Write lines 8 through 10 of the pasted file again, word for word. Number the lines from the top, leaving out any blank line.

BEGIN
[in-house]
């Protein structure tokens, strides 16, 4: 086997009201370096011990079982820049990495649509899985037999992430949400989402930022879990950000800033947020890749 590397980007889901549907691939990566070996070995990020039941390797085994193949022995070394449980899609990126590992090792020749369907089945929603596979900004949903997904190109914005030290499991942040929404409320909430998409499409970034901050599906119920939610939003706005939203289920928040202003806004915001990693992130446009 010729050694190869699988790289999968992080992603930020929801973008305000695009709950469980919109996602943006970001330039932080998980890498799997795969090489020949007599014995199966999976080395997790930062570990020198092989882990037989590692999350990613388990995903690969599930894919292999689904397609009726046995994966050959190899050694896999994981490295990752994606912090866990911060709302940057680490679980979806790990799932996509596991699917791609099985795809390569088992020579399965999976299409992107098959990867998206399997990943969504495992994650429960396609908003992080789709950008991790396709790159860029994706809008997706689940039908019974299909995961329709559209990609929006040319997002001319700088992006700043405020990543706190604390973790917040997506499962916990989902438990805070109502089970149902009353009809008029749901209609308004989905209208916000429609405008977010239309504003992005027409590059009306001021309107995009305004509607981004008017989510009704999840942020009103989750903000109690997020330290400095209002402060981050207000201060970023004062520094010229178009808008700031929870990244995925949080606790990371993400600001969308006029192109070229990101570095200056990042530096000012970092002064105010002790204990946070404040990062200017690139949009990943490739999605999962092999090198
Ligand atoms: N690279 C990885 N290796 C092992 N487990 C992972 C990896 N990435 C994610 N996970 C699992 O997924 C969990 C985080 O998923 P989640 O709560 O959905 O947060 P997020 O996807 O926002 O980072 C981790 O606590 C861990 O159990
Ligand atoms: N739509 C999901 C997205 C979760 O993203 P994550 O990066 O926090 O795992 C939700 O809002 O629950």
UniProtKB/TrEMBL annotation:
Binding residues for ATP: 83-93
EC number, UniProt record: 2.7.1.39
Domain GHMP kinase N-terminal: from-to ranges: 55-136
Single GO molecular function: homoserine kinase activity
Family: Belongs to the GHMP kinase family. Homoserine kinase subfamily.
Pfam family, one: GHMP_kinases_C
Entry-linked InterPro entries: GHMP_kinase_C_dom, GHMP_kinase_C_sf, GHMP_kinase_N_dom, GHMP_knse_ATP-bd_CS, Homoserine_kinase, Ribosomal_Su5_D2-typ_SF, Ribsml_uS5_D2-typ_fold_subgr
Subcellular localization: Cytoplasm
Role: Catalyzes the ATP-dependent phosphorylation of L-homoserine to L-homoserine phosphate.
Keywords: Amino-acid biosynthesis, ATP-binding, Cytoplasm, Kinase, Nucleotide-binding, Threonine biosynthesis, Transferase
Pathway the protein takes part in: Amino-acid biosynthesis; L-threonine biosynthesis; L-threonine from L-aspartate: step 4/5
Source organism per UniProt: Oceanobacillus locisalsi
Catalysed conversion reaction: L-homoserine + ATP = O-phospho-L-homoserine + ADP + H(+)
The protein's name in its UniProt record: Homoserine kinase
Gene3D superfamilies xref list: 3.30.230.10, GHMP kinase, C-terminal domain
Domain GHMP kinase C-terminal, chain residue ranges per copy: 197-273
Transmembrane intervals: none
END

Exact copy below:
Domain GHMP kinase N-terminal: from-to ranges: 55-136
Single GO molecular function: homoserine kinase activity
Family: Belongs to the GHMP kinase family. Homoserine kinase subfamily.